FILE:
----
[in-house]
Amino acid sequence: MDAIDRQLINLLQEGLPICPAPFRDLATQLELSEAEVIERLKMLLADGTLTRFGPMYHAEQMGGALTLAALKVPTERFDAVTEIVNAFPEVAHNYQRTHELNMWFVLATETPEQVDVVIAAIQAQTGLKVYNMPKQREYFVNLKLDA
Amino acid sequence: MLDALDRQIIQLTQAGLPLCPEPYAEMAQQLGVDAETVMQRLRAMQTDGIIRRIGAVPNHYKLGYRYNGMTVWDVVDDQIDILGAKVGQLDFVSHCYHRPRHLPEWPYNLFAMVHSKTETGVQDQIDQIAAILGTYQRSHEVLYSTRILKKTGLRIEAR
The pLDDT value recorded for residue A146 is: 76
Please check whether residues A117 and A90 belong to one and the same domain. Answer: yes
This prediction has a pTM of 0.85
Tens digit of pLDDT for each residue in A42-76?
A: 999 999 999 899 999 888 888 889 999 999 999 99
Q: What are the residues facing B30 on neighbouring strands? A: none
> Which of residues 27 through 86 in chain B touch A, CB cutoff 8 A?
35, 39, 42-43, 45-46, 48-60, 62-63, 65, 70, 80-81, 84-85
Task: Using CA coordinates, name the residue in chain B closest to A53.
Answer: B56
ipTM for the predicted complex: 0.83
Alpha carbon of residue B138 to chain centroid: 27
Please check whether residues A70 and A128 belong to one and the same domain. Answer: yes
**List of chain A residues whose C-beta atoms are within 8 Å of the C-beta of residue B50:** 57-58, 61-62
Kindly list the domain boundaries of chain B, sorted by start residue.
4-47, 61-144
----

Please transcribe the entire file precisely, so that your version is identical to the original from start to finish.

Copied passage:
[in-house]
Amino acid sequence: MDAIDRQLINLLQEGLPICPAPFRDLATQLELSEAEVIERLKMLLADGTLTRFGPMYHAEQMGGALTLAALKVPTERFDAVTEIVNAFPEVAHNYQRTHELNMWFVLATETPEQVDVVIAAIQAQTGLKVYNMPKQREYFVNLKLDA
Amino acid sequence: MLDALDRQIIQLTQAGLPLCPEPYAEMAQQLGVDAETVMQRLRAMQTDGIIRRIGAVPNHYKLGYRYNGMTVWDVVDDQIDILGAKVGQLDFVSHCYHRPRHLPEWPYNLFAMVHSKTETGVQDQIDQIAAILGTYQRSHEVLYSTRILKKTGLRIEAR
The pLDDT value recorded for residue A146 is: 76
Please check whether residues A117 and A90 belong to one and the same domain. Answer: yes
This prediction has a pTM of 0.85
Tens digit of pLDDT for each residue in A42-76?
A: 999 999 999 899 999 888 888 889 999 999 999 99
Q: What are the residues facing B30 on neighbouring strands? A: none
> Which of residues 27 through 86 in chain B touch A, CB cutoff 8 A?
35, 39, 42-43, 45-46, 48-60, 62-63, 65, 70, 80-81, 84-85
Task: Using CA coordinates, name the residue in chain B closest to A53.
Answer: B56
ipTM for the predicted complex: 0.83
Alpha carbon of residue B138 to chain centroid: 27
Please check whether residues A70 and A128 belong to one and the same domain. Answer: yes
**List of chain A residues whose C-beta atoms are within 8 Å of the C-beta of residue B50:** 57-58, 61-62
Kindly list the domain boundaries of chain B, sorted by start residue.
4-47, 61-144